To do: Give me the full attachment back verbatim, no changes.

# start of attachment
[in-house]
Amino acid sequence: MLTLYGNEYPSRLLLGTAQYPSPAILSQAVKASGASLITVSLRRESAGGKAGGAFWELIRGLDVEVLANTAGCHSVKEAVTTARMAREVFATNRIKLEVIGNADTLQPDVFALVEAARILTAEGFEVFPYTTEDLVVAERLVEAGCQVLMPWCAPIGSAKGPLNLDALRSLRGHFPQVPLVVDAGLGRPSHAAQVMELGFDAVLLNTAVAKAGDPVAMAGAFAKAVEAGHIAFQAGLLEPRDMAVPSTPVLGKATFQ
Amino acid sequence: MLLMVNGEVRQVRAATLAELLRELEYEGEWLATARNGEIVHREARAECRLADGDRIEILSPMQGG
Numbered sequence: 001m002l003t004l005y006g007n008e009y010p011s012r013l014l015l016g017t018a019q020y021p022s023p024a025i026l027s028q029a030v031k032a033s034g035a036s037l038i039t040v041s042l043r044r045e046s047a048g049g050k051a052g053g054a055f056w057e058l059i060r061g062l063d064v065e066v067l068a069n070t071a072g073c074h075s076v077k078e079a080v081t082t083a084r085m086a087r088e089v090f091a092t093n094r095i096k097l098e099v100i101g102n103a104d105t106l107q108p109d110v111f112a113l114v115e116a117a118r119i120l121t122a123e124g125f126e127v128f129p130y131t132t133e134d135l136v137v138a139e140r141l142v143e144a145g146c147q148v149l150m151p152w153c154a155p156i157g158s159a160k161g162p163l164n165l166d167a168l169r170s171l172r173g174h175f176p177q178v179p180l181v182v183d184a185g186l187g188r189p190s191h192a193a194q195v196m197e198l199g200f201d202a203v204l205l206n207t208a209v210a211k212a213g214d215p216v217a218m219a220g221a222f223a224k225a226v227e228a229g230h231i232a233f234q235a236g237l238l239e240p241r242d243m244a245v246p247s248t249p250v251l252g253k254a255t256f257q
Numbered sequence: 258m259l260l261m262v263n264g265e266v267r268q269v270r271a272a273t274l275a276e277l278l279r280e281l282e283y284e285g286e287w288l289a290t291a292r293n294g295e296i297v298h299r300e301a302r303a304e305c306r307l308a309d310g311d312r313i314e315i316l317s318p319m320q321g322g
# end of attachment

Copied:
[in-house]
Amino acid sequence: MLTLYGNEYPSRLLLGTAQYPSPAILSQAVKASGASLITVSLRRESAGGKAGGAFWELIRGLDVEVLANTAGCHSVKEAVTTARMAREVFATNRIKLEVIGNADTLQPDVFALVEAARILTAEGFEVFPYTTEDLVVAERLVEAGCQVLMPWCAPIGSAKGPLNLDALRSLRGHFPQVPLVVDAGLGRPSHAAQVMELGFDAVLLNTAVAKAGDPVAMAGAFAKAVEAGHIAFQAGLLEPRDMAVPSTPVLGKATFQ
Amino acid sequence: MLLMVNGEVRQVRAATLAELLRELEYEGEWLATARNGEIVHREARAECRLADGDRIEILSPMQGG
Numbered sequence: 001m002l003t004l005y006g007n008e009y010p011s012r013l014l015l016g017t018a019q020y021p022s023p024a025i026l027s028q029a030v031k032a033s034g035a036s037l038i039t040v041s042l043r044r045e046s047a048g049g050k051a052g053g054a055f056w057e058l059i060r061g062l063d064v065e066v067l068a069n070t071a072g073c074h075s076v077k078e079a080v081t082t083a084r085m086a087r088e089v090f091a092t093n094r095i096k097l098e099v100i101g102n103a104d105t106l107q108p109d110v111f112a113l114v115e116a117a118r119i120l121t122a123e124g125f126e127v128f129p130y131t132t133e134d135l136v137v138a139e140r141l142v143e144a145g146c147q148v149l150m151p152w153c154a155p156i157g158s159a160k161g162p163l164n165l166d167a168l169r170s171l172r173g174h175f176p177q178v179p180l181v182v183d184a185g186l187g188r189p190s191h192a193a194q195v196m197e198l199g200f201d202a203v204l205l206n207t208a209v210a211k212a213g214d215p216v217a218m219a220g221a222f223a224k225a226v227e228a229g230h231i232a233f234q235a236g237l238l239e240p241r242d243m244a245v246p247s248t249p250v251l252g253k254a255t256f257q
Numbered sequence: 258m259l260l261m262v263n264g265e266v267r268q269v270r271a272a273t274l275a276e277l278l279r280e281l282e283y284e285g286e287w288l289a290t291a292r293n294g295e296i297v298h299r300e301a302r303a304e305c306r307l308a309d310g311d312r313i314e315i316l317s318p319m320q321g322g